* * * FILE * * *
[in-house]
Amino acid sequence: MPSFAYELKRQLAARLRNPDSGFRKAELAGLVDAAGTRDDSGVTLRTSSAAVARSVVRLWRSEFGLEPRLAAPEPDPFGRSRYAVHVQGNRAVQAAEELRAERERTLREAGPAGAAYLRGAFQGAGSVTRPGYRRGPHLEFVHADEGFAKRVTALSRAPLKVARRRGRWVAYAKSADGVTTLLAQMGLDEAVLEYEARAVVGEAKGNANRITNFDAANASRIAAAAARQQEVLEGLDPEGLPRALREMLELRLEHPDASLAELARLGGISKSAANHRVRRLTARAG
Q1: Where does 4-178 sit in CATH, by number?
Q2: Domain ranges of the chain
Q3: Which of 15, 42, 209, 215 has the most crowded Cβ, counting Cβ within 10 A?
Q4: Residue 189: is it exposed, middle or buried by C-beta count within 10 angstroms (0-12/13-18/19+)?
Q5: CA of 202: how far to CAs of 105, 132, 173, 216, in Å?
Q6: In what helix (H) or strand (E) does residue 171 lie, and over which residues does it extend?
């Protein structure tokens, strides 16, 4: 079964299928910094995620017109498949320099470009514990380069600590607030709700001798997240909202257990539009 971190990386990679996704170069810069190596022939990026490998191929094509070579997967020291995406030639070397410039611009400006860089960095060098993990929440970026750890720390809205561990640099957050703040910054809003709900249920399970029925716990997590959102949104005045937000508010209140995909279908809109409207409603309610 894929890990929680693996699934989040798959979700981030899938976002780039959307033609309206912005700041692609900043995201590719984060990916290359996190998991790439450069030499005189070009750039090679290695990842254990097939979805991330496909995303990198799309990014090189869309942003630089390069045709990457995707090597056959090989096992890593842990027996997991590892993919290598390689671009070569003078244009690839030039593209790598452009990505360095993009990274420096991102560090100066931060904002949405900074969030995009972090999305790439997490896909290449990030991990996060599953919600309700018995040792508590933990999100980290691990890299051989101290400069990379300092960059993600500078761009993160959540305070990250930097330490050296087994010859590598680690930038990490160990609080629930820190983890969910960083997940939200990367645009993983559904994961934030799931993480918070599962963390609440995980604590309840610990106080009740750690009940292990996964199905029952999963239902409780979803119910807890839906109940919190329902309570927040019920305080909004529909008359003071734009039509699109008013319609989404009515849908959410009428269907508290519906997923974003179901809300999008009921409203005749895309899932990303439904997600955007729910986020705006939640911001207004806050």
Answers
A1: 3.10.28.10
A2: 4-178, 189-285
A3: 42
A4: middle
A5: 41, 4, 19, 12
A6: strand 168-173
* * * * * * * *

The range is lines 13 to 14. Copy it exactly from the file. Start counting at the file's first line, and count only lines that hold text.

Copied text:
A3: 42
A4: middle